Refrigerator: Is it safe to have a small refrigerator for keeping Bromine water and Iodine in a chem store.

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Publication Date: 14 October 2015
Asked By: Anonymous
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Answer reviewed 27 February 2023

Storage of bromine and iodine

Bromine and iodine are both classified as Class 8 (Corrosive) dangerous goods. Bromine water and iodine should be stored in their own tightly sealed containers within a secondary container, either in a corrosives cabinet or in the corrosives section of the chemical store, and segregated from combustible material, organic substances, reducing agents and metals. Refer to the Safety Data Sheets (SDSs) for guidance on handling and storing chemicals.

For more specific information for Bromine and Iodine in the school setting, see the Chemical Management Handbook for Australian Schools - Edition 32

Corrosive chemicals such as bromine water and iodine should not be stored in a refrigerator due to the lack of ventilation, and the ability of the vapours/fumes to corrode the metal components of the fridge. It is also important to check the lids periodically for cracks. Dilute iodine solution (iodine/potassium iodide) goes off very quickly, so it is best practice to prepare dilute iodine solutions as required.

Location of refrigerators

‘There must be no sources of ignition within the chemical store. Switching devices for light fittings or ventilation fans must be outside the storeroom, e.g., a light switch just outside the entrance door. Gas-fired or electric element heaters and other electrical equipment including refrigerators must not be installed within a chemical store.’1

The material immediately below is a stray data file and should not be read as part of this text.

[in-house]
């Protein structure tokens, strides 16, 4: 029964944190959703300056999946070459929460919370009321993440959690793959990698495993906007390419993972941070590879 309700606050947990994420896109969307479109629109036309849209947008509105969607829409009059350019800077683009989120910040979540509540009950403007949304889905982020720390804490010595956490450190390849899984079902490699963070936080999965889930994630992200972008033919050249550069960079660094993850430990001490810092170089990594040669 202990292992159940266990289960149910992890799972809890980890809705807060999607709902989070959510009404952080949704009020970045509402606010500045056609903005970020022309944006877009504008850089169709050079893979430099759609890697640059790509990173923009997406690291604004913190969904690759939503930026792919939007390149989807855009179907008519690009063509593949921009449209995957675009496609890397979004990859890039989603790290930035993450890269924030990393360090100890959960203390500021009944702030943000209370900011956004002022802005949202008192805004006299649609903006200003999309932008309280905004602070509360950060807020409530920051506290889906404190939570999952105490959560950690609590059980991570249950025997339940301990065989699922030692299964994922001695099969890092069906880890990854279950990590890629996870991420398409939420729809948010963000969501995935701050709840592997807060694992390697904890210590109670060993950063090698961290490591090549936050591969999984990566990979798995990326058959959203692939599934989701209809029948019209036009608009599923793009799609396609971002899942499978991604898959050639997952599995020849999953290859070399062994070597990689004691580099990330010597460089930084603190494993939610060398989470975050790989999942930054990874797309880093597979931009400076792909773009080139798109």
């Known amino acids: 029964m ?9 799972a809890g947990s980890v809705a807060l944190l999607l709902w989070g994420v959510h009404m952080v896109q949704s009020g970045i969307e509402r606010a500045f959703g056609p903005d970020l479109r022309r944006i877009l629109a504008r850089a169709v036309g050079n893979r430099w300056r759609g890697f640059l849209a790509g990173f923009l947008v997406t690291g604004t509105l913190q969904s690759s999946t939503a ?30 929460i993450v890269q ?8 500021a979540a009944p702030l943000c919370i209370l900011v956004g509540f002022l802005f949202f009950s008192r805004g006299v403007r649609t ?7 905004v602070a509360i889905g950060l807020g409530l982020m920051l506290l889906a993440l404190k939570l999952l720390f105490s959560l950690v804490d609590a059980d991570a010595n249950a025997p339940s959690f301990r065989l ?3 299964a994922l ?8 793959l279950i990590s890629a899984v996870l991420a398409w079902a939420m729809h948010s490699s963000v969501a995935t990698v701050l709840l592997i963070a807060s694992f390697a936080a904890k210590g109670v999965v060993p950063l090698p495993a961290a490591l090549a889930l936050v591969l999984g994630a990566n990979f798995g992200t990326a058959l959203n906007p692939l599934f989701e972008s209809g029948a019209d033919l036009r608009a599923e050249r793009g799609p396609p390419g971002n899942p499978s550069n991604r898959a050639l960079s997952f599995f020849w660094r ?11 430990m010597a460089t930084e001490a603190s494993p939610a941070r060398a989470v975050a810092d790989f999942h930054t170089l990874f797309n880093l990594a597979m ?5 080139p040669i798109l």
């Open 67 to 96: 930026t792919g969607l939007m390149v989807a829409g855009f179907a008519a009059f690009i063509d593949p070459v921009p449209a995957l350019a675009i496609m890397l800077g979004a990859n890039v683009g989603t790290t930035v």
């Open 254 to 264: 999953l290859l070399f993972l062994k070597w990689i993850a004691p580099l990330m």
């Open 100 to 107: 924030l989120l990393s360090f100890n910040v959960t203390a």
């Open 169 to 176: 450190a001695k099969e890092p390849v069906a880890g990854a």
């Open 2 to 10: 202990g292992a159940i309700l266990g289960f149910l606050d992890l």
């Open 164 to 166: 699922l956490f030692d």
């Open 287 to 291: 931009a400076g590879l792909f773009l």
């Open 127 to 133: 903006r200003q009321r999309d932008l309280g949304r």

For further information, see our Information sheet AIS: Refrigerators and freezers in science

Science ASSIST recommends:

  • a risk assessment be conducted prior to the use of any chemicals, and all appropriate control measures be identified and implemented. Science ASSIST has developed a one-page risk assessment template, see Risk Assessment Template.
  • Refrigerators should be located in the science preparation area away from the chemical store and flammable cabinet. 
  • Highly corrosive chemicals that produce vapours/fumes should not be stored in refrigerators due to the lack of ventilation and their ability to corrode metal.
  • Chemicals stored in refrigerators should be in sealed containers and properly labelled with the contents, GHS label, date of acquisition or preparation and nature of any potential hazard. The labels used should be water resistant.
  • Plastic trays can be used as secondary containment for all containers to capture spills and leaks.
  • Containers stored in the refrigerator should be checked regularly for cracked caps and blurred labels.
  • When handling bromine water or iodine it is important that engineering controls, such as a fume cupboard, is used and that relevant PPE, such as gloves, safety glasses, lab coat and closed in shoes are worn.
  • A bottle of dilute sodium thiosulfate (0.2M) should be kept nearby when handling bromine water or iodine. Small spills of either halogen can be reduced to the halide (bromide, iodide) by addition of thiosulfate solution and disposed of down the sink with dilution.


1 Science ASSIST. (2017). GUIDELINES for the design and planning of secondary school science facilities in Australian schools. Retrieved from the Science ASSIST website: 

2 Science ASSIST. (2018). Chemical Management Handbook for Australian Schools – Edition 3, Retrieved from the Science ASSIST website:

Chem-Supply. (2021). Bromine water, Safety Data Sheet. Search to source the latest Safety Data Sheet via the product information page.

Chem-Supply. (2020). Iodine, Safety Data Sheet. Search to source the latest Safety Data Sheet via the product information page.

The University of Queensland Occupational Health and Safety Unit. (2022). Storage of Chemicals in Fridges, Freezers and Cold Rooms - Guidelines. Retrieved from The University of Queensland website

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